When I started the blog my plan was to write at least 2 original posts per week. I haven’t quite kept up that pace. My first post was on 10/15/2015. Since then I’ve written 65 original pieces on a variety of topics. That works out to about 1.5 per week. (You can find them all by clicking “My Stuff” here, or in the Category List to the left on your computer, or below on your phone.) These almost always get more readers than my other posts. I want to get better at this. I’d love to hear from you about these. I generally will write about whatever I’ve had on my mind. That trend will likely continue, but I’d like to know what kinds of things you’d be most likely to read, as well. Email me at: Lloyd@LloydRHamilton.com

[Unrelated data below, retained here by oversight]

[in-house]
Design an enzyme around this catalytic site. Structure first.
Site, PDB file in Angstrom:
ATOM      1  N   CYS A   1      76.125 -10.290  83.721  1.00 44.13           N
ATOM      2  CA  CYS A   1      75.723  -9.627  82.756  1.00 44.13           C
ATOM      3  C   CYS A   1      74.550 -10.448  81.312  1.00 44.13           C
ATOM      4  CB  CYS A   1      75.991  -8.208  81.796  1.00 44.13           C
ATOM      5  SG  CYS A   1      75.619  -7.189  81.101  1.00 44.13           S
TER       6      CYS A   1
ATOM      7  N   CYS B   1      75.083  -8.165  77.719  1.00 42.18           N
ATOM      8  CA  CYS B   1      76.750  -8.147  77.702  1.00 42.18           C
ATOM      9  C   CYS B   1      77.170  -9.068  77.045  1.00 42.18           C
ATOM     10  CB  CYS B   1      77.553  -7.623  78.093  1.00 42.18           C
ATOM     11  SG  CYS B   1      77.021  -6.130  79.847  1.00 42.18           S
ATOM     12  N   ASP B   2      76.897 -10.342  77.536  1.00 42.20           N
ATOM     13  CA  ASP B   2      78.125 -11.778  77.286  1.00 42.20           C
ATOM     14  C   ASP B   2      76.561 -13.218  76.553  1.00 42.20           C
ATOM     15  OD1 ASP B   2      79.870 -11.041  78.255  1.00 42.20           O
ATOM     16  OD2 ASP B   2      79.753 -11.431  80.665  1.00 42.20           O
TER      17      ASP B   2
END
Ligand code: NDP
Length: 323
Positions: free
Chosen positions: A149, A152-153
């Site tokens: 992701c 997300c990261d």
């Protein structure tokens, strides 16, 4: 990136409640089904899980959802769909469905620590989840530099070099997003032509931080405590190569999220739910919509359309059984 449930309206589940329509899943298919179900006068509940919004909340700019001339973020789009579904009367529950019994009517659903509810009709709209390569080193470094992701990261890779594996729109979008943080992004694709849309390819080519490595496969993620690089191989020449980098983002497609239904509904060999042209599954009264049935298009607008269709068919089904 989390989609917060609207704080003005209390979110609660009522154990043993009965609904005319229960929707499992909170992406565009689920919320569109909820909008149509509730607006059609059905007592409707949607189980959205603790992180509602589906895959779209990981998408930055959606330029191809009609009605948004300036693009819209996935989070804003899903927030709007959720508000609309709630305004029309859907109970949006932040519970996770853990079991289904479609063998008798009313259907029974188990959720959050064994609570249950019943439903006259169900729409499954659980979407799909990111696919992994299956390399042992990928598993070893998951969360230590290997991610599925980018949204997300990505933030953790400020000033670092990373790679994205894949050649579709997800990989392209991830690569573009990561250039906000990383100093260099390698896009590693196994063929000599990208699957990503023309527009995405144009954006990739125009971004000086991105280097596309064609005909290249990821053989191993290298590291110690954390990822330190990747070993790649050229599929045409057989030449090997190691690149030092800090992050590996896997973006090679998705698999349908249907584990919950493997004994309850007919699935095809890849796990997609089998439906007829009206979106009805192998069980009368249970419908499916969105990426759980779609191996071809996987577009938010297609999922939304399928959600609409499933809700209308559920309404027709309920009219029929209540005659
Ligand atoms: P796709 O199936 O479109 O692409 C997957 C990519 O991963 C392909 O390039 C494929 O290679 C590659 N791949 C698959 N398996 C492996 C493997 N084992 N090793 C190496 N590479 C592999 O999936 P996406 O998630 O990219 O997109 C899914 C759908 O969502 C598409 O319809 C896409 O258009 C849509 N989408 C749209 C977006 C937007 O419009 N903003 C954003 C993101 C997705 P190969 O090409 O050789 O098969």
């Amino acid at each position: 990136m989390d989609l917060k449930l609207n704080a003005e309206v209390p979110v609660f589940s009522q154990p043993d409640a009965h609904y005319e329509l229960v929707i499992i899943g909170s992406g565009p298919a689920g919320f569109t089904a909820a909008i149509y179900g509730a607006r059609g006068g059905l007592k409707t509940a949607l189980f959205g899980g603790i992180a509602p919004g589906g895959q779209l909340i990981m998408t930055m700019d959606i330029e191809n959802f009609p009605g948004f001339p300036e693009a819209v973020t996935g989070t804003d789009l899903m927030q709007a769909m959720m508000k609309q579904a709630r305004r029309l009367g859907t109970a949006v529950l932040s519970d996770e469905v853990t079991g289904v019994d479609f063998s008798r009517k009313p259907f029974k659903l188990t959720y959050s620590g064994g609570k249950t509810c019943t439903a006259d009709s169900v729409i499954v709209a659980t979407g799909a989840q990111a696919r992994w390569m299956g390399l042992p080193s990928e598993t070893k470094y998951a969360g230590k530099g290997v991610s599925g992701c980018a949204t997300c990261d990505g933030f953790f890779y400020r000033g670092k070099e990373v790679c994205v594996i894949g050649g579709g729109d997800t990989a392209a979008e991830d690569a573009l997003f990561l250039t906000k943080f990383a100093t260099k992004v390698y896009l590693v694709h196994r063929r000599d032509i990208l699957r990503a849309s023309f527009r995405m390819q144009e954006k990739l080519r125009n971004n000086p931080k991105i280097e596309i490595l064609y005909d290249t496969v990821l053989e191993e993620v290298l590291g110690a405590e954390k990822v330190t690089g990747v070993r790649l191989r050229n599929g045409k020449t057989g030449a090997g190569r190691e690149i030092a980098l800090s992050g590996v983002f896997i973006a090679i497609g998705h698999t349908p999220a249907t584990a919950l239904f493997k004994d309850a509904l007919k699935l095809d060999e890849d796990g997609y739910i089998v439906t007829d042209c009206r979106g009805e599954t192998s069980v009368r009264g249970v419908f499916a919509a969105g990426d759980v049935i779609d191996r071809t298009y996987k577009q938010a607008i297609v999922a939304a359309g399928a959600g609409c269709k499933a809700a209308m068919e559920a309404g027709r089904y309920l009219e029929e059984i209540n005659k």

Social Media

This is where it really gets tricky for me and I’m not exactly sure how to proceed.

Ideally, I wouldn’t need to use social media very much at all. People would simply bookmark my web site (LloydRHamilton.com) and eagerly visit it on a daily basis just to see what’s new. I’m pretty sure absolutely no one does that.

Please understand, I’ve never had it as my goal to simply enlarge my readership. I simply want to make sure that I connect with the people who are interested. With that in mind I set up a separate Life On the Bridge Facebook page where I share all of my blog posts. Those who are interested can follow that page and I can avoid filling up newsfeeds and annoying everybody else. My thought was that if a person “liked” the page, my posts on that page would show up in their newsfeed. I would maintain my personal Facebook presence, but it would be more, well, personal. Initially I would share my Life On the Bridge stuff on my personal timeline for a few months, in hopes of driving more people to like the page, but eventually I would back off from that.